San Diego is full of rich history, and a new treasure has just been discovered by two divers.
Fox 5 San Diego is reporting that while diving, approximately 60 feet deep off the coast of Mission Beach, near San Diego, diver Dennis Burns found a treat submerged with a bunch of trash and other refuse: a Korean War-era war plane.
“When he came up he was completely overwhelmed,” said Dr. Ruth Yu. “Even before he could get his mouthpiece off he was saying, ‘It’s a plane, it’s a plane! I found a plane.'”
“We came to learn it was an A-1 Skyraider, one of the most powerful propeller-driven planes ever,” Burns said.
The aircraft has been positively identified by its official identification plate from the Bureau of Aeronautics as the A-1 Skyraider, or AD-4L, that crash-landed in 1953.
The plane, underwater for more than 60 years, was found with two 20-millimeter cannons on each wing and multiple artifacts strewn about the wreckage site.
“It was just incredible that a wreck like that could lie so close to a populated area and not be found,” Yu said.
Burns and Yu also discovered another treasure: pilot Charles Kelly’s family.
“Just today I was talking to the daughter of the pilot whom, on the day of the crash, her mother was eight months pregnant with her and her father was out flying airplanes over the ocean and landing them in the ocean and they’re just beside themselves,” Burns said. “They’re wanting to come out and dive on the plane themselves.”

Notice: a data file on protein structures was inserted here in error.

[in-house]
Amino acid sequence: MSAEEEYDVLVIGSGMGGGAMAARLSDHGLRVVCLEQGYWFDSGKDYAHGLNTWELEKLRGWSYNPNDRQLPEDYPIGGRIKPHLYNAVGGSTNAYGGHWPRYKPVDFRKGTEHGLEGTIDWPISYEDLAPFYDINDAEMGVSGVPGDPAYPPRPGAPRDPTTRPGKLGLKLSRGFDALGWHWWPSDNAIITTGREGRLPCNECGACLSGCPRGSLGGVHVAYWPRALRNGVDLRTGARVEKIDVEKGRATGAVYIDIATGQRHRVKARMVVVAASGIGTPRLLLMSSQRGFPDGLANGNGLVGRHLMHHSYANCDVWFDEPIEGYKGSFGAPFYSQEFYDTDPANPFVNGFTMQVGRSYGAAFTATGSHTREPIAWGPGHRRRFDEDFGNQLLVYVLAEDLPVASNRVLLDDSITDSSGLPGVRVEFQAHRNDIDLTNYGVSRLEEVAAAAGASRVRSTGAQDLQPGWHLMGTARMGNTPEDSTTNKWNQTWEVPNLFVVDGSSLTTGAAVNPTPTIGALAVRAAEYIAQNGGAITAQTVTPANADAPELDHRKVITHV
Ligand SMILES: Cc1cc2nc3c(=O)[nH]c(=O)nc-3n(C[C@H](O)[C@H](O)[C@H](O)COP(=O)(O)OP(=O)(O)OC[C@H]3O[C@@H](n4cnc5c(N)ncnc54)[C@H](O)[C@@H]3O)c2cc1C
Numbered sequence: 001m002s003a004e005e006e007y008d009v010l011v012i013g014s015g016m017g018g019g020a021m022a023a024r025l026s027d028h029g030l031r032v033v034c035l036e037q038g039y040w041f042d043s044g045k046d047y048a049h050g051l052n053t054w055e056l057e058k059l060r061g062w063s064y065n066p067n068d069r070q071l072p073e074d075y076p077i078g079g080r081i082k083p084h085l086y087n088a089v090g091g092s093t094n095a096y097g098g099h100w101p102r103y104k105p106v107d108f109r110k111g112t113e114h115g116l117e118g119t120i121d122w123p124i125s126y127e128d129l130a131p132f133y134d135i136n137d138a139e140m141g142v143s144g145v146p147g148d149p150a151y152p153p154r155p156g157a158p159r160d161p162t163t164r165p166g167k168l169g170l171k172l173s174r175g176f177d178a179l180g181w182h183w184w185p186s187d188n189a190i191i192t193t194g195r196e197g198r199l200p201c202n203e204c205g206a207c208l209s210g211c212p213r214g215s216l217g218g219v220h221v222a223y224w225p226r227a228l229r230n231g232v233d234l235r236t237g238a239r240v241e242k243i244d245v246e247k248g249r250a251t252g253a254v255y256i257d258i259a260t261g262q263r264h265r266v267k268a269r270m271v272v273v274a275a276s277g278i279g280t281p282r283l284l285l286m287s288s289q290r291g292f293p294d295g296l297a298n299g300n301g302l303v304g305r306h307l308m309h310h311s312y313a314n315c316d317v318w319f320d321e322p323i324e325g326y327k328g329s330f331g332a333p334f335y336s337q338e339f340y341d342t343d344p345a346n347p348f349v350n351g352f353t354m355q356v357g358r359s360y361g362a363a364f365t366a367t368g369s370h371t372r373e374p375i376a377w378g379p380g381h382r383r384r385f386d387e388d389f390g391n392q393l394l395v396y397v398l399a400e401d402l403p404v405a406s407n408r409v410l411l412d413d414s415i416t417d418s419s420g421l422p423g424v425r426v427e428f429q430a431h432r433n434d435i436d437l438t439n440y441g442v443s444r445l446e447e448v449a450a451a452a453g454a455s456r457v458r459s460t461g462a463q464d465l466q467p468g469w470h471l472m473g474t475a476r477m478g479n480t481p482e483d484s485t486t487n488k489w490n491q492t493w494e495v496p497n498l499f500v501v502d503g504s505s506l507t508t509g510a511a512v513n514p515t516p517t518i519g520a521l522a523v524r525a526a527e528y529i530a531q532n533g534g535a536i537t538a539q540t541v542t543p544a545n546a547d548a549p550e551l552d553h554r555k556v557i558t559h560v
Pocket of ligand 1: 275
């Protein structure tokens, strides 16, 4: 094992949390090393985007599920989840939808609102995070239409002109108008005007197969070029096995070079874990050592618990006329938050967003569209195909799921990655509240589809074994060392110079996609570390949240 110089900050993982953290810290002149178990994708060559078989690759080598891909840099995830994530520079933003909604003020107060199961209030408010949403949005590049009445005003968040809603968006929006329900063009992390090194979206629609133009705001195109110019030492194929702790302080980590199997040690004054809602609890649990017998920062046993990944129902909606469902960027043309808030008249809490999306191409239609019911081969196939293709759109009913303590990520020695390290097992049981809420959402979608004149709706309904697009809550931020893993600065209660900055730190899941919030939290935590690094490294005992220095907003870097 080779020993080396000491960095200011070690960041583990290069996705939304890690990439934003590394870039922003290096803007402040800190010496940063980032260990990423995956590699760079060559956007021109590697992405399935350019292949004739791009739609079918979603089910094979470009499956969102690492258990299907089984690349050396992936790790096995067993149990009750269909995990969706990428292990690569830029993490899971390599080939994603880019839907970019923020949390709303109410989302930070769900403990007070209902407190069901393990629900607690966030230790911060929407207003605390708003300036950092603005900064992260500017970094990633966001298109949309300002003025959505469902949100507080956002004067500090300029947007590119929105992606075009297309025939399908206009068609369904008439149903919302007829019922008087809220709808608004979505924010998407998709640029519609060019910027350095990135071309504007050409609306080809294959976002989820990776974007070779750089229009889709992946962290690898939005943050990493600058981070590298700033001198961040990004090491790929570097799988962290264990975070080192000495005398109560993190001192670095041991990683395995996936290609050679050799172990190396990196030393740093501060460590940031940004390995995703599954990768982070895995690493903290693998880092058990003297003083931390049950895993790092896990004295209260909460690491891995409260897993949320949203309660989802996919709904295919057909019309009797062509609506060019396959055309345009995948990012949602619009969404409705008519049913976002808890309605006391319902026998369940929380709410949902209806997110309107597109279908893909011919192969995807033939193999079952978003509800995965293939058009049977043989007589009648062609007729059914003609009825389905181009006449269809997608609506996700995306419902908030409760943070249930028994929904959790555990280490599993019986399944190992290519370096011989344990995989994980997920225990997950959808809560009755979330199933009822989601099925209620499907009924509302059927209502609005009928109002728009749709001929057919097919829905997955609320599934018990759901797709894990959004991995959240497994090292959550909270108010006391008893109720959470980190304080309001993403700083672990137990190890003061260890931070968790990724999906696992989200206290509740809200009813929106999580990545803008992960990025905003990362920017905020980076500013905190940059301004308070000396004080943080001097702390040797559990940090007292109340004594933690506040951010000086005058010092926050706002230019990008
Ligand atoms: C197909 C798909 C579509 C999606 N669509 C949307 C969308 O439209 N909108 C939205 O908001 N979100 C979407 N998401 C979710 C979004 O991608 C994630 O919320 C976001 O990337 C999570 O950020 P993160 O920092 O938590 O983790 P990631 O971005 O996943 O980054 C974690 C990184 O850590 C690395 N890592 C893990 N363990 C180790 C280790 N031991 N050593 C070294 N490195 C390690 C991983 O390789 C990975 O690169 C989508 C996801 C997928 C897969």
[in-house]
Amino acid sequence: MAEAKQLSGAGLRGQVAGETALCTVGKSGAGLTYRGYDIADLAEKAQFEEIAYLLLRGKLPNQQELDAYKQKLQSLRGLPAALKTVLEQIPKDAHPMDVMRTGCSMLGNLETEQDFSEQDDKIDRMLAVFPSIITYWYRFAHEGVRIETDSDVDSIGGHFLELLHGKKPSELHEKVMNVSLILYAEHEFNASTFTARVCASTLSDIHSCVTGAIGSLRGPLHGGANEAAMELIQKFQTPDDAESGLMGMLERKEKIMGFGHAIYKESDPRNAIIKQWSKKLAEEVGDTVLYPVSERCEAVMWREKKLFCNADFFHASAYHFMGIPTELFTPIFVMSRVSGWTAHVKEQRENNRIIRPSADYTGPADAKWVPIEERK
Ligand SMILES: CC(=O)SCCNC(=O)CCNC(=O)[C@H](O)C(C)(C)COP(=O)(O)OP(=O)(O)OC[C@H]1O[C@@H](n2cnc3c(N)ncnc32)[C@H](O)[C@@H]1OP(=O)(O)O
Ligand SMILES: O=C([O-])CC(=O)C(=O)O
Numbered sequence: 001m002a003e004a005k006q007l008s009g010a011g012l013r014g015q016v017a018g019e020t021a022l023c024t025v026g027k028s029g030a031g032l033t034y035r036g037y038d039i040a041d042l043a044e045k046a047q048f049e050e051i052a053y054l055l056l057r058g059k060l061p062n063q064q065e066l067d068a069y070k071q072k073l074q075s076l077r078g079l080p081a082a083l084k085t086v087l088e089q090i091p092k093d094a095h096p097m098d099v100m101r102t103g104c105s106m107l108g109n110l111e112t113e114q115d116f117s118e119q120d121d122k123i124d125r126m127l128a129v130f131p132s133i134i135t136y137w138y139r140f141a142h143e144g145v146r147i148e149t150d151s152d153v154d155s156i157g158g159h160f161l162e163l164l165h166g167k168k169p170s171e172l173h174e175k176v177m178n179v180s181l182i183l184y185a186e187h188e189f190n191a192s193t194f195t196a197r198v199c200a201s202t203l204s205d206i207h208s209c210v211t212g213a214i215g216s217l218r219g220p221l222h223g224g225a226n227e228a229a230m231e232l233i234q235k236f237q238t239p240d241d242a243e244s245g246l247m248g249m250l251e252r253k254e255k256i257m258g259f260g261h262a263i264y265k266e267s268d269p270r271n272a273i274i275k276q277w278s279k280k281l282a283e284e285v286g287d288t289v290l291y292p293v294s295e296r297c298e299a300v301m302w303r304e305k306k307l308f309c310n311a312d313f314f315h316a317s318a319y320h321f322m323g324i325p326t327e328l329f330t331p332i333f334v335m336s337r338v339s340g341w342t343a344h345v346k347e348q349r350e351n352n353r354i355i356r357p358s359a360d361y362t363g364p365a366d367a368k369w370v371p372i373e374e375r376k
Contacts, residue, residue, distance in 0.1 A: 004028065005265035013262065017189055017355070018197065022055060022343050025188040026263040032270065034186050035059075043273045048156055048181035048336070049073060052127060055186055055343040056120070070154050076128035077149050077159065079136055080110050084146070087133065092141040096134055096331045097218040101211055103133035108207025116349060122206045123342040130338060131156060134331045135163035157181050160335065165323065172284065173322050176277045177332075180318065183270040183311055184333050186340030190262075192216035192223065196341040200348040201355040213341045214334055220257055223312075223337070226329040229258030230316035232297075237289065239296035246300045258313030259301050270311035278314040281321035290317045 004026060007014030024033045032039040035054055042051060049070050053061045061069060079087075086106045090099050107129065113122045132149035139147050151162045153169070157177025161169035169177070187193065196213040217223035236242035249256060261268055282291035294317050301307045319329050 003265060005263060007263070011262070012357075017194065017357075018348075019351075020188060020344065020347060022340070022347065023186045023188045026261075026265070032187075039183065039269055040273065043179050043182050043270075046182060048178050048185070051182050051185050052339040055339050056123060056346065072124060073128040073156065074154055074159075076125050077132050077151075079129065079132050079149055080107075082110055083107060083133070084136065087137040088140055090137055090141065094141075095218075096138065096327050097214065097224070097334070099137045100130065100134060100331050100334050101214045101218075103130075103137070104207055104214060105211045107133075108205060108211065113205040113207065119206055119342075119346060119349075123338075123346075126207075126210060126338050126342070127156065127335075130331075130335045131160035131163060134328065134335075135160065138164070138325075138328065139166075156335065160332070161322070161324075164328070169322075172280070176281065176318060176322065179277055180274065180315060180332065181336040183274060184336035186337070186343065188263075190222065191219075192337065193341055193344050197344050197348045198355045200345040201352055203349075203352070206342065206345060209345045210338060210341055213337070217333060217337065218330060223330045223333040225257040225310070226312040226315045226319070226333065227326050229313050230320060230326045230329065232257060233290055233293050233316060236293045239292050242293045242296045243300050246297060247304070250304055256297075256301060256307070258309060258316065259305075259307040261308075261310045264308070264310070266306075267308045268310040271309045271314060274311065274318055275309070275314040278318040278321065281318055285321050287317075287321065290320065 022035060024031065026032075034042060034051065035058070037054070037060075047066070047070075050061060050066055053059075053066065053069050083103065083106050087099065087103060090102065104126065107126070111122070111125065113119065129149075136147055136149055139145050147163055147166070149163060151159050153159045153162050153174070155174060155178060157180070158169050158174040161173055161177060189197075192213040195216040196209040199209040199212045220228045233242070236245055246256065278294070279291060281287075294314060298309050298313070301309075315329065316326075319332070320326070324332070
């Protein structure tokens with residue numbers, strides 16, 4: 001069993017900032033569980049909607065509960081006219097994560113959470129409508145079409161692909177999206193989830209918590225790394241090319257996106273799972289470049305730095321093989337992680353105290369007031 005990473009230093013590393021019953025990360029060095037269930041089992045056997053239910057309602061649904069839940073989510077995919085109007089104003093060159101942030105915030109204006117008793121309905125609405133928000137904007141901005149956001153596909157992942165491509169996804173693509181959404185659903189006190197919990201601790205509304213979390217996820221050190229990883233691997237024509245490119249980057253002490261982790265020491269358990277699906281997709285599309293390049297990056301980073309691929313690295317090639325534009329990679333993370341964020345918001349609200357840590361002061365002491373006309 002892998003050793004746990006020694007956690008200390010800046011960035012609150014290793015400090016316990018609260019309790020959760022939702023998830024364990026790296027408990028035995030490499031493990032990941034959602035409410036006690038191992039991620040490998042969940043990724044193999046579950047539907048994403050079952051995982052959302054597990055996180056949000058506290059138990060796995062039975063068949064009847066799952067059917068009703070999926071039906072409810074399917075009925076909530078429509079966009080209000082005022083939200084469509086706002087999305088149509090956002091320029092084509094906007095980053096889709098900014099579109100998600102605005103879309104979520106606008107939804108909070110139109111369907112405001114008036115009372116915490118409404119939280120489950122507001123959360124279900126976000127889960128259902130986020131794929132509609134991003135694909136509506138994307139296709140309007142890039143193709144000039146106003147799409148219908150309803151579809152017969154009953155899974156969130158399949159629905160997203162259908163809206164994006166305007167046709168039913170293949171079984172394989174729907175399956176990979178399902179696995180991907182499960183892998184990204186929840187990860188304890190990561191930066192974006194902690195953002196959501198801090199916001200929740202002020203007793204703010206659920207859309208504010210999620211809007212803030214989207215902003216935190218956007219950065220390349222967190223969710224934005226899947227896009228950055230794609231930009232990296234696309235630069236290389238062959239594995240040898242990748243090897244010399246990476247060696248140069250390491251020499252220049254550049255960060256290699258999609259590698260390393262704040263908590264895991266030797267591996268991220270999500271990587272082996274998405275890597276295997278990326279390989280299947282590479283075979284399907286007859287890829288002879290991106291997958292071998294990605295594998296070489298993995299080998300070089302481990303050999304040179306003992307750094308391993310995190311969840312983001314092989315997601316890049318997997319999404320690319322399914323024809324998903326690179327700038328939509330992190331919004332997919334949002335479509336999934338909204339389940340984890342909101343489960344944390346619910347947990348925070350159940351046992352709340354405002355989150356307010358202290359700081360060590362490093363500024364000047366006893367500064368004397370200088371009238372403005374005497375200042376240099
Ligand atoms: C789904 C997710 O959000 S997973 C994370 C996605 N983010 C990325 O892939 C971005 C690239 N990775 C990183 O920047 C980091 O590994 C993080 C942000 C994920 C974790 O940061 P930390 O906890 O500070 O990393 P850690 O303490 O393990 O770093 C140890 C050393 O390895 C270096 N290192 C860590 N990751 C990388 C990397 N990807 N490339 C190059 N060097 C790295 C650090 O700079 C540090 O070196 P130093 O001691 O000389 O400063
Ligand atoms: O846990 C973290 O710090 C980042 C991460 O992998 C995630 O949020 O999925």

Burns also found out what happened to Kelly after the plane had crashed.
“They took him in an ambulance to the hospital and checked him and he went back to duty that afternoon as if nothing happened,” said Burns.
Kelly, who fought in both World War II and the Korean War, survived the crash. However, Kelly died in 1999. Burns and Yu, after some diligent research, found that Kelly had relatives in Alabama.
“His wife is still alive and his son and daughter sent a ton of pictures, including one where he is dressed in a towel after he was rescued,” Burns said.
California Diver is reporting that Burns and Yu are working with the San Diego Aerospace Museum on the best way to deal with the plane now. Both would like to preserve the find, but would also like to somehow exhibit it.
“We might do like a wet exhibit where we’ll be able to show the underwater video or something,” Yu said.